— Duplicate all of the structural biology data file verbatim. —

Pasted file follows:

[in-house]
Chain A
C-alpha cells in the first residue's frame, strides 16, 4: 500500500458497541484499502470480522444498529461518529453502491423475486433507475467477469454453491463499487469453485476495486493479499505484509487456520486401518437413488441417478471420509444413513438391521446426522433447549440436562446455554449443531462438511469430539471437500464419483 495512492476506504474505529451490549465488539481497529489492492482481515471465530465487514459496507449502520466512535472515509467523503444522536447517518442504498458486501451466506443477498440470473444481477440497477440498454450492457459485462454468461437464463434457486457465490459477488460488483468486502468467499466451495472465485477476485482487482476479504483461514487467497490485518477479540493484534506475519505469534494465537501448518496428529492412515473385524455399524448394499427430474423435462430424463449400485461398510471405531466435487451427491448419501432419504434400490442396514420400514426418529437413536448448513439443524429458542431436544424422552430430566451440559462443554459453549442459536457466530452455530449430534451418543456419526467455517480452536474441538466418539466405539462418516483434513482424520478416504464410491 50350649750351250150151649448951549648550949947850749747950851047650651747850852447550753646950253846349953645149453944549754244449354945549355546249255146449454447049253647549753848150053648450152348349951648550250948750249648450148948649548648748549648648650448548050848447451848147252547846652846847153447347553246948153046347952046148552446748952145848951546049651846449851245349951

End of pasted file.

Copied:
[in-house]
Chain A
C-alpha cells in the first residue's frame, strides 16, 4: 500500500458497541484499502470480522444498529461518529453502491423475486433507475467477469454453491463499487469453485476495486493479499505484509487456520486401518437413488441417478471420509444413513438391521446426522433447549440436562446455554449443531462438511469430539471437500464419483 495512492476506504474505529451490549465488539481497529489492492482481515471465530465487514459496507449502520466512535472515509467523503444522536447517518442504498458486501451466506443477498440470473444481477440497477440498454450492457459485462454468461437464463434457486457465490459477488460488483468486502468467499466451495472465485477476485482487482476479504483461514487467497490485518477479540493484534506475519505469534494465537501448518496428529492412515473385524455399524448394499427430474423435462430424463449400485461398510471405531466435487451427491448419501432419504434400490442396514420400514426418529437413536448448513439443524429458542431436544424422552430430566451440559462443554459453549442459536457466530452455530449430534451418543456419526467455517480452536474441538466418539466405539462418516483434513482424520478416504464410491 50350649750351250150151649448951549648550949947850749747950851047650651747850852447550753646950253846349953645149453944549754244449354945549355546249255146449454447049253647549753848150053648450152348349951648550250948750249648450148948649548648748549648648650448548050848447451848147252547846652846847153447347553246948153046347952046148552446748952145848951546049651846449851245349951